Escrow & Disclosure in Virginia Real Estate

Instructor: Ian Lord

Ian has an MBA and is a real estate investor, former health professions educator, and Air Force veteran.

In this lesson we will examine specific Virginia real estate law regarding real estate agent responsibilities for escrow account management and property disclosures.

Virginia Specific Escrow and Disclosure Laws

Aaron is a brand new real estate agent in Virginia and ready to go to work listing homes for sale. As a Virginia licensed real estate agent, Aaron is obligated to follow Commonwealth-specific laws regarding the management of escrow accounts and disclosure. Let's review some of the specific Virginia laws that apply in these cases.

Virginia Escrow Laws

If Aaron is going to provide escrow accounts for his clients to hold money as a third party until closing, he must abide by Virginia's specific laws. These state that the account must be set up with a federally insured institution, such as a bank, and be designated as an escrow account for the specific real estate transaction. Every check deposited into or written from the account, as well as statements, must be clearly labeled as escrow funds. Overall responsibility for supervision of escrow belongs to Aaron's supervising broker.

Some of the money within the escrow account may be used to pay Aaron's costs or fees, but he must receive payment as a check from the account rather than just pull money out as the account administrator. In the escrow account agreement, Aaron must define how any interest accrued in the account will be distributed to the parties. If Aaron or his supervising broker violate these rules, or fail to report violations or other improper conduct regarding escrow account maintenance to the Commonwealth Real Estate Board, they'll face disciplinary action.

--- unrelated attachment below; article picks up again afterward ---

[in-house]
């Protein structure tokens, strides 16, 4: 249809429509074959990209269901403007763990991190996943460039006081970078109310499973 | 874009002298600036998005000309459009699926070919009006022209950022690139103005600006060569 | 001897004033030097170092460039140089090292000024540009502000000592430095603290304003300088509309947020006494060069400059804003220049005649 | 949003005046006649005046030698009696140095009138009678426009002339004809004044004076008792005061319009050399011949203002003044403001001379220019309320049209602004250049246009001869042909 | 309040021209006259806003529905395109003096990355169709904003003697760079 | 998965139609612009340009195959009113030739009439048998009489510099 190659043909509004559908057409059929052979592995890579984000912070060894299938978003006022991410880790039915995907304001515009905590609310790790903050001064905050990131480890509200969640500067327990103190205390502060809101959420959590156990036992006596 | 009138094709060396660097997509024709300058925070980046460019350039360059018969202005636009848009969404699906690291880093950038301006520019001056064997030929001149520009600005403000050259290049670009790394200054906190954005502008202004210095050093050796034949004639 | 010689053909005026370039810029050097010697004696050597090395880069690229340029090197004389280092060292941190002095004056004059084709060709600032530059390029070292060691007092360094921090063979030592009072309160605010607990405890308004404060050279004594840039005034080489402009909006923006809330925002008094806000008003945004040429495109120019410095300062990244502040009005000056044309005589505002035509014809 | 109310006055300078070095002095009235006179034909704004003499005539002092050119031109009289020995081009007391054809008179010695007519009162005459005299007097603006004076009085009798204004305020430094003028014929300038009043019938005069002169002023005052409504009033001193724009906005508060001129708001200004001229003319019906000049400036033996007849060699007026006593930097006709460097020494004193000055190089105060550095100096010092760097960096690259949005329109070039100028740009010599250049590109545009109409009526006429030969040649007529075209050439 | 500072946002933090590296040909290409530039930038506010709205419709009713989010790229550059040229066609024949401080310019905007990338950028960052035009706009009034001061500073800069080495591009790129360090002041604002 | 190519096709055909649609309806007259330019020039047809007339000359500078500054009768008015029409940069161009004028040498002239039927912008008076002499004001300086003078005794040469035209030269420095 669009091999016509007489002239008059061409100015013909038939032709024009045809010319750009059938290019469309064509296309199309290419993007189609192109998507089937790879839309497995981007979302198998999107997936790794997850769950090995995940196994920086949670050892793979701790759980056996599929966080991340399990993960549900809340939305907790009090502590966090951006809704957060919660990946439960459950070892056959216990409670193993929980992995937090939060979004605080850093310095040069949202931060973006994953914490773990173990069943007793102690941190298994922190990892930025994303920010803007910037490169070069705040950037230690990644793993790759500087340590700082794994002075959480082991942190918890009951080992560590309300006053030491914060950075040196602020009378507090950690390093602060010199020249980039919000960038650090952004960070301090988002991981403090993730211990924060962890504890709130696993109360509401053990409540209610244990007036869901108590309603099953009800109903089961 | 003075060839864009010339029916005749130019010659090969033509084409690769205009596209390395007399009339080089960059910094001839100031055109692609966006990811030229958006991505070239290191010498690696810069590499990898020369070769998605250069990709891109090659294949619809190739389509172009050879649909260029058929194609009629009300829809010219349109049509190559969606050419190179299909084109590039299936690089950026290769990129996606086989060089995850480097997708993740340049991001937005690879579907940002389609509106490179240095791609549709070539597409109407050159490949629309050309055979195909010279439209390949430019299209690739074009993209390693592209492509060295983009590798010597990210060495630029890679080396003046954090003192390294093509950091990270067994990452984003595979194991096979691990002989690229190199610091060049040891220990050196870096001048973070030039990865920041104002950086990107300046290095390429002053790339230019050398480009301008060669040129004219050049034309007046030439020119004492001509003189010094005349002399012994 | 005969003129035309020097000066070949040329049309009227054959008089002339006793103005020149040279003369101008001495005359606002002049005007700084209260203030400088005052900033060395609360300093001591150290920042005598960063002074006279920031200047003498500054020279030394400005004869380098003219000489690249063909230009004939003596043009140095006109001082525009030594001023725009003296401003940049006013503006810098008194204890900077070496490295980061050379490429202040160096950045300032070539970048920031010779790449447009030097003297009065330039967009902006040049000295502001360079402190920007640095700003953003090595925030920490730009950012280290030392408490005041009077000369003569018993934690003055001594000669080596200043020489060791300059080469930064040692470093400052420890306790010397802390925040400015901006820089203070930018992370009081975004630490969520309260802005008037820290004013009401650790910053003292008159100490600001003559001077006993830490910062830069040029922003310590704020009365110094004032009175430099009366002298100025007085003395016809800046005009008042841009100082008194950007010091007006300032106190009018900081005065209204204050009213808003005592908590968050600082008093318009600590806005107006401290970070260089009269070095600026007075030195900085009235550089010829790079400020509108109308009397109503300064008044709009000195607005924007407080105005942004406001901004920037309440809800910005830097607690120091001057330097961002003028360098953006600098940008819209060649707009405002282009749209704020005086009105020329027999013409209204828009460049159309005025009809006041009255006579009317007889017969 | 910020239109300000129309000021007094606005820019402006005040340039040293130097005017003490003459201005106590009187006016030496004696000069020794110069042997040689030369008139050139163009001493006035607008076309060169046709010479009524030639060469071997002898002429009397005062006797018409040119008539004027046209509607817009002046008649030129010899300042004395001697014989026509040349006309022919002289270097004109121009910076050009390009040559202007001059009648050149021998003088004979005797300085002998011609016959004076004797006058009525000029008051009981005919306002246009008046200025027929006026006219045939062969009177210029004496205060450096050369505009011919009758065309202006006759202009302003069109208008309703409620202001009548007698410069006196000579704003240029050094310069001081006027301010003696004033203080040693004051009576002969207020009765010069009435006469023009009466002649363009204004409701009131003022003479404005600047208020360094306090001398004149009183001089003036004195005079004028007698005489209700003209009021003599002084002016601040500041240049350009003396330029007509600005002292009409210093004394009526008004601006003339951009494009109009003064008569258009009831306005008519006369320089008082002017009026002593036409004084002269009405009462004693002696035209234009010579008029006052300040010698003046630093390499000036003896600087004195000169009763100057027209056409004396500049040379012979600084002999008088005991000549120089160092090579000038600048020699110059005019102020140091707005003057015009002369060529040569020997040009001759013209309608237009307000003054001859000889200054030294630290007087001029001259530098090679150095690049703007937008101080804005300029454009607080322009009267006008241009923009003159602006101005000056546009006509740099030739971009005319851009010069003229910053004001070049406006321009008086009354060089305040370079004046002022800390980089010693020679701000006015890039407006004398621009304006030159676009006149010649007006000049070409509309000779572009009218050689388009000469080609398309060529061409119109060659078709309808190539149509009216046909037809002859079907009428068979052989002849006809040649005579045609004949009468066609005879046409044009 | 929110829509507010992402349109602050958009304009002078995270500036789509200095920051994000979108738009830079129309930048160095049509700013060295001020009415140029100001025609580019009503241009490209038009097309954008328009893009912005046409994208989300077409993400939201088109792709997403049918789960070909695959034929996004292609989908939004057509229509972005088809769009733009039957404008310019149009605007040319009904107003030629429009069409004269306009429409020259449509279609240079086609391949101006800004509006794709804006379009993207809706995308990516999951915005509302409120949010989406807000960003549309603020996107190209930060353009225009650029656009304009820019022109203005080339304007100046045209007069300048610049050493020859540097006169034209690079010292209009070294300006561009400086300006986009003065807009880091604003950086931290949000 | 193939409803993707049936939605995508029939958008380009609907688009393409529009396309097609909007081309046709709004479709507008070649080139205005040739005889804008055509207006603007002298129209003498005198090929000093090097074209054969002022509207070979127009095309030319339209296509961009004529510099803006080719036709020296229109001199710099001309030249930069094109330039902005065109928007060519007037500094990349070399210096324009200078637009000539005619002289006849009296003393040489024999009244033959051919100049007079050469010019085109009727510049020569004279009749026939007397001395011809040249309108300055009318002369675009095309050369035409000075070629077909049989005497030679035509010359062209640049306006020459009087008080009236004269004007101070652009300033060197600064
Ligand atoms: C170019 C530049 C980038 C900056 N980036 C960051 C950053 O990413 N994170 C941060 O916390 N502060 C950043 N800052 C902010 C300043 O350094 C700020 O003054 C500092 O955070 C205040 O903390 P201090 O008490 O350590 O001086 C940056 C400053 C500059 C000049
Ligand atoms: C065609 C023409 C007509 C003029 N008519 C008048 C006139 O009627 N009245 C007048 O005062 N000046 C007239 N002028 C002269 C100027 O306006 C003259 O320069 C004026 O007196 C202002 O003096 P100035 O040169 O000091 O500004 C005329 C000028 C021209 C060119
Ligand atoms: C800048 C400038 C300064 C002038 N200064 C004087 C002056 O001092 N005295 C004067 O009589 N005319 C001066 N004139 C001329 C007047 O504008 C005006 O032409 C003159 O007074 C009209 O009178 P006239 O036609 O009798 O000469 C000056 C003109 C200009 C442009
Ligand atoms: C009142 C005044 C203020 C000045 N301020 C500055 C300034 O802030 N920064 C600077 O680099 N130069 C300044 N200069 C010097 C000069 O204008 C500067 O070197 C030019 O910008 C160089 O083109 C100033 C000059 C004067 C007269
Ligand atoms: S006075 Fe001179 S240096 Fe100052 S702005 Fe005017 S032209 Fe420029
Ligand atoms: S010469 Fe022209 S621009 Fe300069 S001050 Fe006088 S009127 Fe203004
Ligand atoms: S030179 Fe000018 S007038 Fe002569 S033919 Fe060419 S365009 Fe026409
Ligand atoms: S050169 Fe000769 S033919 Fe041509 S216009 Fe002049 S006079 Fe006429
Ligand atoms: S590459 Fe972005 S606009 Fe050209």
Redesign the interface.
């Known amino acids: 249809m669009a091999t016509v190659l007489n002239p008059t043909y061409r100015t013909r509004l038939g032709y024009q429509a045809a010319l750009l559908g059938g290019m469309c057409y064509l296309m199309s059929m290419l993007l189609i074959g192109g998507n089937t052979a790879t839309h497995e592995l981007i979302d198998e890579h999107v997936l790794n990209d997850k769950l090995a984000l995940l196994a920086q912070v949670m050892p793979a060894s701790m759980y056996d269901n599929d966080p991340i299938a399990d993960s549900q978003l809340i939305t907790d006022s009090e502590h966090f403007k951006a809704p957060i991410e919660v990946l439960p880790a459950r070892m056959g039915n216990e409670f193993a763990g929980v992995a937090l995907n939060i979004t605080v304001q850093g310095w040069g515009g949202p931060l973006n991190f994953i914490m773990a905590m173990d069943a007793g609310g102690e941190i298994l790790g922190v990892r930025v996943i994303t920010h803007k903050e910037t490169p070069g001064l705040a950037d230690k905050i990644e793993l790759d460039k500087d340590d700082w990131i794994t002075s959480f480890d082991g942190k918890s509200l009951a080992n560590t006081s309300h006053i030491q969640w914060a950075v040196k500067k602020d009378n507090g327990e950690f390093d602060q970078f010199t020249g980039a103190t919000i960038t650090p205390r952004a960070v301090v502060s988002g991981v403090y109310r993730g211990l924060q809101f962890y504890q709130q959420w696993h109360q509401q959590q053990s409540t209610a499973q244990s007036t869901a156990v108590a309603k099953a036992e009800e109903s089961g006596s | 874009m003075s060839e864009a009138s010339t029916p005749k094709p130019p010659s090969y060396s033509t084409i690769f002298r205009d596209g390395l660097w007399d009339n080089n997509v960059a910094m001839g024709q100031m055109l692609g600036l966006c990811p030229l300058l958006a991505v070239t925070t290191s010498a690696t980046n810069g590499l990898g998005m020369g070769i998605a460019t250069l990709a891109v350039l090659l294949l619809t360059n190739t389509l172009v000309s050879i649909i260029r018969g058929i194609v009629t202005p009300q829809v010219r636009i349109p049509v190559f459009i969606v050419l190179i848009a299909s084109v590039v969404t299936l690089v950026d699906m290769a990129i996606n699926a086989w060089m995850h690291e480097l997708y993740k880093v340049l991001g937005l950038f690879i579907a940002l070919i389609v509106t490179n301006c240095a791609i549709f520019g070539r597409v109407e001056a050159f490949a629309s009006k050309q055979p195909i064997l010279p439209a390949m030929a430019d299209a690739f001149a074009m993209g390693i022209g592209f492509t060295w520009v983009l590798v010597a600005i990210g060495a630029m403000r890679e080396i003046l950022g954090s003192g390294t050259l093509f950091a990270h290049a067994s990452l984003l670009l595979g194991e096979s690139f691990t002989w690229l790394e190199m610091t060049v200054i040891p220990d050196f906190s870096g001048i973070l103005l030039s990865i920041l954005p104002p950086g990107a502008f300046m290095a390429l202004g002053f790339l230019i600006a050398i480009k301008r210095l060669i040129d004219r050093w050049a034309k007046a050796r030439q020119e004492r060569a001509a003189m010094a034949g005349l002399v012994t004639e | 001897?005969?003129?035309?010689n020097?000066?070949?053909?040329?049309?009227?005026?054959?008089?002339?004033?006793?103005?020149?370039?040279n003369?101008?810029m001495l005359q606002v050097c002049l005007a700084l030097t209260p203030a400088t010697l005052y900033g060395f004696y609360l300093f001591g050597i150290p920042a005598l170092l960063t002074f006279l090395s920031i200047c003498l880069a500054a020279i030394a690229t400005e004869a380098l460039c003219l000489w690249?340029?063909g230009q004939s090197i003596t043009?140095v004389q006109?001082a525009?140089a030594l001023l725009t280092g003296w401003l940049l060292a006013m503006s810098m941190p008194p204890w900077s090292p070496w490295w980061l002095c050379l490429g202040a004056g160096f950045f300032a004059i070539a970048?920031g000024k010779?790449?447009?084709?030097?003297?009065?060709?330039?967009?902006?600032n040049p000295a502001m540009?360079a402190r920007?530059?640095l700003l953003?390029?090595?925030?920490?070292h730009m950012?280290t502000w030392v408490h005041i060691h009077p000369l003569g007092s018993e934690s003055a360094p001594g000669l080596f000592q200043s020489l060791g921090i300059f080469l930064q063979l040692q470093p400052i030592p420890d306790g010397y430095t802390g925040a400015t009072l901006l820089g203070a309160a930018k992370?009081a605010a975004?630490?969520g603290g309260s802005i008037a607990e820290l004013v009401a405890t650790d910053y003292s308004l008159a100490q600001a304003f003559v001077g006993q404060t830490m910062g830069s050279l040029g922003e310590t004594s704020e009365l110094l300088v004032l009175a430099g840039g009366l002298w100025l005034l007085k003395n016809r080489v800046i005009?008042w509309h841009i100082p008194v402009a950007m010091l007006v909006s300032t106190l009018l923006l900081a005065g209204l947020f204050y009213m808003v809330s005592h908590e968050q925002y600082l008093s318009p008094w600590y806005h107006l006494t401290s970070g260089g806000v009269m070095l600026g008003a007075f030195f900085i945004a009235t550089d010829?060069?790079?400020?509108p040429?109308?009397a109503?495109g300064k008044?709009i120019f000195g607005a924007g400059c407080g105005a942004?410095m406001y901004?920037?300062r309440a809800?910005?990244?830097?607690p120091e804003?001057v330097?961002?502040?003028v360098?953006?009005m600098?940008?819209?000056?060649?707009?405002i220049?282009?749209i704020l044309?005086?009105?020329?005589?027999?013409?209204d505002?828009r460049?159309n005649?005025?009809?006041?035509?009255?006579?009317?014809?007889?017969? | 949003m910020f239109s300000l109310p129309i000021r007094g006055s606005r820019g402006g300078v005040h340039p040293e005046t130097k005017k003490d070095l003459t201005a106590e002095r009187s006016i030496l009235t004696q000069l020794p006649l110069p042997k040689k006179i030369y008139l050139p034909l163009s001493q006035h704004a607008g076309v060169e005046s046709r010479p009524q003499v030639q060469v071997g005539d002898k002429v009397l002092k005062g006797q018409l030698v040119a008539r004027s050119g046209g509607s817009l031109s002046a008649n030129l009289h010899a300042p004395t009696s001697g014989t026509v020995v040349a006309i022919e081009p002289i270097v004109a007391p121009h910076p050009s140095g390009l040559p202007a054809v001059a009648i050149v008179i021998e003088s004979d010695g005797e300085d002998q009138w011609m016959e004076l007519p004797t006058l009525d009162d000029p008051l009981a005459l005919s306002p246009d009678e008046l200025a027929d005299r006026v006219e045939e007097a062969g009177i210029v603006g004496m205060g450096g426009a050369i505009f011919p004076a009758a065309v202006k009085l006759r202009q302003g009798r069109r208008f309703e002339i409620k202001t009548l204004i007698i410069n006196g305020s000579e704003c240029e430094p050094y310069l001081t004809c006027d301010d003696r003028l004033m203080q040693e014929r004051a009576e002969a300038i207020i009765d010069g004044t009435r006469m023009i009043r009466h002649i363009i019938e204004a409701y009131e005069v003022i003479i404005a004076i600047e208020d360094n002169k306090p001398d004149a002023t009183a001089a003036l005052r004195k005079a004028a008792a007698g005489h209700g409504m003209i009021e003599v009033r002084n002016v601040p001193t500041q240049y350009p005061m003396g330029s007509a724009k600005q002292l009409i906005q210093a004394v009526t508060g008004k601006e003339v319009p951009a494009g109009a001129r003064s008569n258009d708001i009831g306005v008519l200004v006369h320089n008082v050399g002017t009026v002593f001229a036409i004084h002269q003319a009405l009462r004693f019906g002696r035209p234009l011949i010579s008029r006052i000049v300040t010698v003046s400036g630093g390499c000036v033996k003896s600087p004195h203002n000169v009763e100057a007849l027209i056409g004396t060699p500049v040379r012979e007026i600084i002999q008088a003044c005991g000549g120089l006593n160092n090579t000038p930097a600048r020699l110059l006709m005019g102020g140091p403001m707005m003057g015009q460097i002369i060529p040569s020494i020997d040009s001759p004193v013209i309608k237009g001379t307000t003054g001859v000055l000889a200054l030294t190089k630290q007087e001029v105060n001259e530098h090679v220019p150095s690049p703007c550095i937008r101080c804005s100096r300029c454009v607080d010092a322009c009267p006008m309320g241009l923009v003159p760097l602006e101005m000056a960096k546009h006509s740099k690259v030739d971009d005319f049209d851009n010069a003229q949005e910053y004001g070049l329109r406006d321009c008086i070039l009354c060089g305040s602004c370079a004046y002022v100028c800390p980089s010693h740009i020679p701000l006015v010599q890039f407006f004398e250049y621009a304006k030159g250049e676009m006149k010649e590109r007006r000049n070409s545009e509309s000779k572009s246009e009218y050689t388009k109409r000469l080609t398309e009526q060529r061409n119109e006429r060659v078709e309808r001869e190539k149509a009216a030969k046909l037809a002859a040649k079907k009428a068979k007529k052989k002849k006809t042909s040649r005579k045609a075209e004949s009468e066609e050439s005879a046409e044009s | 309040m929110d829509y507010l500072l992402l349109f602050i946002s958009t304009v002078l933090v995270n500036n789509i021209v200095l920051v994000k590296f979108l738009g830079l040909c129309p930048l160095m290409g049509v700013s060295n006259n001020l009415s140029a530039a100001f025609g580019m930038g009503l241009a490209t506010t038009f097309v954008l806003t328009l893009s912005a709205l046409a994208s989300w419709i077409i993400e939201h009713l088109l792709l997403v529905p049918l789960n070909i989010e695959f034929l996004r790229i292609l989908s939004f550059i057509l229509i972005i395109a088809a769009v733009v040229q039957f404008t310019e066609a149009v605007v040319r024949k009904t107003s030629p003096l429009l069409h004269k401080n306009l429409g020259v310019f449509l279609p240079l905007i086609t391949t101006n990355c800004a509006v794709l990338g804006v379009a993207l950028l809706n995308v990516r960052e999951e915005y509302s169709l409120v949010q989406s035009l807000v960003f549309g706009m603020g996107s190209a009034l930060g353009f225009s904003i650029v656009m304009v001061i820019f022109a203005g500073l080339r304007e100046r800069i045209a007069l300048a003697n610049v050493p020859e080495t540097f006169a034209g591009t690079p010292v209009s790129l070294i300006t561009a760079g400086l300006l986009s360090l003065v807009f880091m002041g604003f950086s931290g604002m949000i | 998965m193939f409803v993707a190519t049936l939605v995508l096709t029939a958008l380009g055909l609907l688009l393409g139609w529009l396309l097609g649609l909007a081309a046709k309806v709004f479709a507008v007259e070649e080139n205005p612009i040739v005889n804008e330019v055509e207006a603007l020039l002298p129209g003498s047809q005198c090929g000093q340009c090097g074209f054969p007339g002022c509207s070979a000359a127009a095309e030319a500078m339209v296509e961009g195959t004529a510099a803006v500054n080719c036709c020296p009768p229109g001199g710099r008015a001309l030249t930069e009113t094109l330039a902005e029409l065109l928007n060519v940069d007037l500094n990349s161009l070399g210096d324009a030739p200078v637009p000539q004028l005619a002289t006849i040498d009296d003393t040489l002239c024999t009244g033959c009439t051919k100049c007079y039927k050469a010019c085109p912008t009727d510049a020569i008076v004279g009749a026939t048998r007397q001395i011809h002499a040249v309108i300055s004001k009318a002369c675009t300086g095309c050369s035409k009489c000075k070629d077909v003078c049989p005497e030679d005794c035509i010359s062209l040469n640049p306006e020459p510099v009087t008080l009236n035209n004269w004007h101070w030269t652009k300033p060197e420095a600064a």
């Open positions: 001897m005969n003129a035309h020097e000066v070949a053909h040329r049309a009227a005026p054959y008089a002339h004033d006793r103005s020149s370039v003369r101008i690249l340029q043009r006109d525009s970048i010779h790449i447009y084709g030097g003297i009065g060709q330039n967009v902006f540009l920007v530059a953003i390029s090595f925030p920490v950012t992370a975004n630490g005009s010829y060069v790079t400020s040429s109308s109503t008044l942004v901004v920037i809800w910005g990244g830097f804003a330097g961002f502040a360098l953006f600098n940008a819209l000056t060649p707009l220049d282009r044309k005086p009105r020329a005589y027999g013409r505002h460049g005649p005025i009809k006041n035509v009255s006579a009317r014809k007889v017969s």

Virginia Disclosure Laws

During the period between putting a property under contract and concluding the deal at the closing table, Aaron must provide buyers with certain mandatory disclosures. The purpose of disclosure is to inform buyers of any potential problems, although legally Aaron is only required to inform buyers about subjects mandated by Virginia law. One of the most common disclosures that Aaron must be aware of involves advertising; he must advertise using his licensed business entity name, which identifies himself as a real estate agent. There are rules about formatting, too: Title 55, Chapter 27 of the Code of Virginia states that properties consisting of fewer than four residential housing units must include these disclosures in at least 10 point font.

Some of the homes Aaron may come across are located in resource protection areas under the Chesapeake Bay Preservation Act. If the property is located in this zone, the disclosure informs the buyers that they should be very careful about making sure their plans to use the property do not conflict with the law. Buyers will want to be sure that they can comply with the law before completing the transaction.

Many parts of Virginia are home to military airfields. Noise and the possibility of accidents are always a concern when military fighters, cargo planes, and helicopters are training or performing missions. Aaron must inform buyers if the home is located in an area designated as a noise zone or accident potential zone according to local zoning maps.

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